Valve actuation

A criticism of PG&E following the San Bruno failure was their inability to promptly close mainline valves to isolate the gas flow feeding the fire. One of the factors contributing to the delay was the fact that the valves were manually operated. That wasn’t the whole story because the manual valves could have been closed quite quickly if the emergency response had been better organised. Nevertheless, in response California recently passed legislation “requiring utilities to install automatic shut-off valves on gas lines”. Exactly which valves, and what type of “automatic shut-off” is not clear.

Mainline valves on Australian pipelines are almost always provided with remote-controlled actuators so that the valves can be closed in emergency to limit the release of gas from a leak or rupture or to allow more rapid depressurising of a damaged section of pipe. However they are not always (not often?) automatic line-break valves but must be closed by a control room operator, who in an emergency would need to respond to observations of the pipeline pressures and flows.  Actuating MLVs seems to have been standard practice in Australia for at least 25 years, probably a lot longer. There are exceptions, mostly on older pipelines.

One exception for which I was responsible (about 20 years ago) was 300 km of DN 150 pipeline to a mine in a very remote part of the outback. None of it passed within a kilometre or so of any building (except within the last few hundred metres near the mine) and there were not more than a handful of road crossings. During the design we found it hard to imagine anything that could cause a serious failure, and even if it did fail the consequences would be only commercial. There would certainly be no safety impacts that could be mitigated by prompt closure of a mainline valve. On that basis we decided to provide only basic manual valves and no telemetry.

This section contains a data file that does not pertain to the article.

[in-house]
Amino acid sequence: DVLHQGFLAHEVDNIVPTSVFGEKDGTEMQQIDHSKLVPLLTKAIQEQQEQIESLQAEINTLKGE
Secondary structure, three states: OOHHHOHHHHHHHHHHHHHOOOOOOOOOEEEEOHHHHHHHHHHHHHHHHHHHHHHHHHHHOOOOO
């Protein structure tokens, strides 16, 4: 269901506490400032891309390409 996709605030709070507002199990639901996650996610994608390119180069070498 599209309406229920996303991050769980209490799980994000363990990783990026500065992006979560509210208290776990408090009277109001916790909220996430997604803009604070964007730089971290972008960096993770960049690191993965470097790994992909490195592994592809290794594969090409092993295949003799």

Actuating a valve would have added perhaps $250 000 to the cost of each site by the time we included all the SCADA, telemetry and power supply infrastructure necessary to make it work. Against that, the value of gas that might be saved by prompt closure of valves was less than $100 000, and of course a loss of containment was highly unlikely anyway. That logic made the decision to omit actuation pretty easy.

Recently I was asked to help a client review the justification for retro-fitting actuators to mainline valves on an old pipeline in a more populated area. It turned out to be a really interesting exercise with a surprising outcome – justification on safety grounds was difficult.  That was particularly surprising in the light of the Californian legislation.

The difficulty is that even in the event of a full bore rupture MLVs will not be closed instantly.  It will take at least a few minutes for control room operators to positively confirm that there has been a loss of containment.  Operators are reluctant to shut valves without compelling reason because of the serious disruption to supply and the flow-on effects of that (eg. purging and relighting pilots on possibly hundreds of thousands of domestic appliances …).  In the recent study the consensus was that it might take 15 min before the control room operators sent the signal to close the valves.

However if there has indeed been a full bore rupture, and the release has ignited, we thought that the great majority of the harm would already have been done by the time the valves start to close.  People who are close to a pipeline fire and cannot flee will suffer hospitalising or fatal burns within a minute or so of exposure.  15 min also seems quite long enough to ignite any buildings that are vulnerable to fire.